Cultivating a work-life balance is a hot topic and it’s becoming more important than ever before. A recent study by Aviva found that 46% of employees had chosen their role based on work-life balance compared to 36% who said it was pay. So how can businesses create a culture where their colleagues feel supported, valued, and motivated?
Help people spot the signs of burnout
The sooner the signs of any stress are spotted at work, the better, as this can help prevent employees from experiencing burnout, especially as we head into peak season.
Managers and leaders should be educated on the signs of stress and how to look out for these within their teams and colleagues around them. Notable signs may include: a decrease in productivity, employees taking a lot of time off, employees working overtime, high levels of absences and people feeling overwhelmed by work.
Once these signs have been spotted, it’s important managers know how to effectively manage these, and have the right tools to provide their teams support and knowledge of various strategies to reduce levels of work-related stress and anxiety. The WHO recently released a report sharing support strategies for colleagues experiencing poor mental health or appropriately managing the return of those who’ve taken sick leave as a result. This is a great resource that can be used by people managers across different workplaces.
Introduce HR policies that support balance
Leaders can encourage a work-life balance by setting boundaries between work and home life. Over a quarter of people say they find it hard to relax during their own time due to work. The boundaries between home and work have become blurred since the pandemic so this is especially important.
Introducing flexible work patterns can be helpful, especially to parents and carers. Offering flexible, remote or hybrid working gives your employees choice and more control over their working day, and this can also be an attractive benefit to your new employees as it shows support for a healthy work-life balance.
How reward and recognition schemes can improve employee wellbeing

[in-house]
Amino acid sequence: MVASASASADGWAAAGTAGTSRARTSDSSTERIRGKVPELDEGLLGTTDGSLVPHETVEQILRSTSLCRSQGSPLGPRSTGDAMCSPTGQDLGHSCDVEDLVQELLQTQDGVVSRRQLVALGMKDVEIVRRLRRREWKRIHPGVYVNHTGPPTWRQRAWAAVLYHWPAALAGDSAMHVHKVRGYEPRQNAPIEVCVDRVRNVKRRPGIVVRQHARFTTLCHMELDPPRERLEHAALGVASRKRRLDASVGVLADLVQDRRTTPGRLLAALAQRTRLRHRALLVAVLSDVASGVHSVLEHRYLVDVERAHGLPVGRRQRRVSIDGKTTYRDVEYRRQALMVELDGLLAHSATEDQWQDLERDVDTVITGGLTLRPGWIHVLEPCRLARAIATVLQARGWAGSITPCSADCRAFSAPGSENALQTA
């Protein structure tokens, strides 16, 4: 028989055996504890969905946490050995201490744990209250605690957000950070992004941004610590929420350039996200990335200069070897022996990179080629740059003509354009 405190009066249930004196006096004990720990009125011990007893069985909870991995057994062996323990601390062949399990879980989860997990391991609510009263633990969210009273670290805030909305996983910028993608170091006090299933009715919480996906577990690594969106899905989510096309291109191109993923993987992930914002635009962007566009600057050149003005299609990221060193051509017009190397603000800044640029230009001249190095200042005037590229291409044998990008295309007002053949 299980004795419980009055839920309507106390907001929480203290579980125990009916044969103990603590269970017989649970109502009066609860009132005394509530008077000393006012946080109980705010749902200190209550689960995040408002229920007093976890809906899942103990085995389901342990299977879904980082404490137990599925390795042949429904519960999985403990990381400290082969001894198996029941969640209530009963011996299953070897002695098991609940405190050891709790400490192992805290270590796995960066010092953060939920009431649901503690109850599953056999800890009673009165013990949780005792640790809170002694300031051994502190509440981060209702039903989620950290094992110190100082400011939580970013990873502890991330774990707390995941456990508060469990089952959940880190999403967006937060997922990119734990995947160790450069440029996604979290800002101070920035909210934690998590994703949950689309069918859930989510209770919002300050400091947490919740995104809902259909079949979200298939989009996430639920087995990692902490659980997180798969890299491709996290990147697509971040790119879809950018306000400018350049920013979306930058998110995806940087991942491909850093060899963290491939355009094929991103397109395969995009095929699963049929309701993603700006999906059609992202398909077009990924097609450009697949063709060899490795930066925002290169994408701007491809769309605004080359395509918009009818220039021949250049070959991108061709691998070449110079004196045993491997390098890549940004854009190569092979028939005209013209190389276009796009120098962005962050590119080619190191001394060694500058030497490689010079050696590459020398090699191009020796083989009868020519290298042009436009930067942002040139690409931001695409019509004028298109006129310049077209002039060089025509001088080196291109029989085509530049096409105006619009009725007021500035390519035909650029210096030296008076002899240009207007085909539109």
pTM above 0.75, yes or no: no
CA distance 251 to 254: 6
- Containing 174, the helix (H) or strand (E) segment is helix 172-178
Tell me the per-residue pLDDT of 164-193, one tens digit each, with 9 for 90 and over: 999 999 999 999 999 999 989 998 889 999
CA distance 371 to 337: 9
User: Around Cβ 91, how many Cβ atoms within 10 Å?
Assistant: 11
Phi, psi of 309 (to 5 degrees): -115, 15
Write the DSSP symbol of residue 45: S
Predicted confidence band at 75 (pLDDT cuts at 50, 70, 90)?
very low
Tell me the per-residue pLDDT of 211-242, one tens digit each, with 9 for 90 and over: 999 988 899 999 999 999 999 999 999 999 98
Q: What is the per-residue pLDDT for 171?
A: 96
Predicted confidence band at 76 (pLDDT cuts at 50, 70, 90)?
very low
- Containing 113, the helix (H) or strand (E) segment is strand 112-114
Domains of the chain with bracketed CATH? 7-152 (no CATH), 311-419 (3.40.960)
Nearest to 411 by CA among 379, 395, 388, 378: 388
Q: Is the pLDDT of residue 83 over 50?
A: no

Reward and recognition schemes can help promote a better work life balance in multiple ways. However, there isn’t a one size fits all approach, but your initiatives should align with the company’s core values and it’s culture, whilst offering individual recognition needed to create a happier workforce.
Here are five ideas for how businesses can recognise colleagues:
- Give time back – consider encouraging balance by offering extra annual leave or late starts and early finishes. These incentives will allow employees time to relax, and take part in activities they enjoy outside of work.
- Companywide celebrations for achievements – this can boost employees’ self-esteem and confidence. It can also motivate the team and exemplify manager and peer-to-peer appreciation, improving team morale and create a better together culture.
- Recognising life events and milestone moments – Celebrating life events such as moving house, getting married, or having a baby adds a personal touch to a work relationship and shows that you are invested in people’s personal lives outside of work.
- Career milestones should be celebrated – a ‘long service award’ or ‘employee of the month’ as well as bespoke rewards, are great ways of recognising loyalty and hard work. Personalising the rewards with gestures such as gift cards for people to use on their favourite experiences recognises outstanding work and supports people to indulge in their passions with their friends and family.
- Encourage downtime – Wellness offerings such as spa days and relaxation experiences can remind teams to take some time out. Employees that are encouraged to take time for themselves, will likely return to work feeling more engaged and productive, as well as more appreciative for the reward itself.
By promoting long term rewards and recognition schemes, employers will play a vital role in reinforcing positive mental health amongst their colleagues. The scheme should be underpinned by policies that help colleagues to strike the much sought-after work-life balance.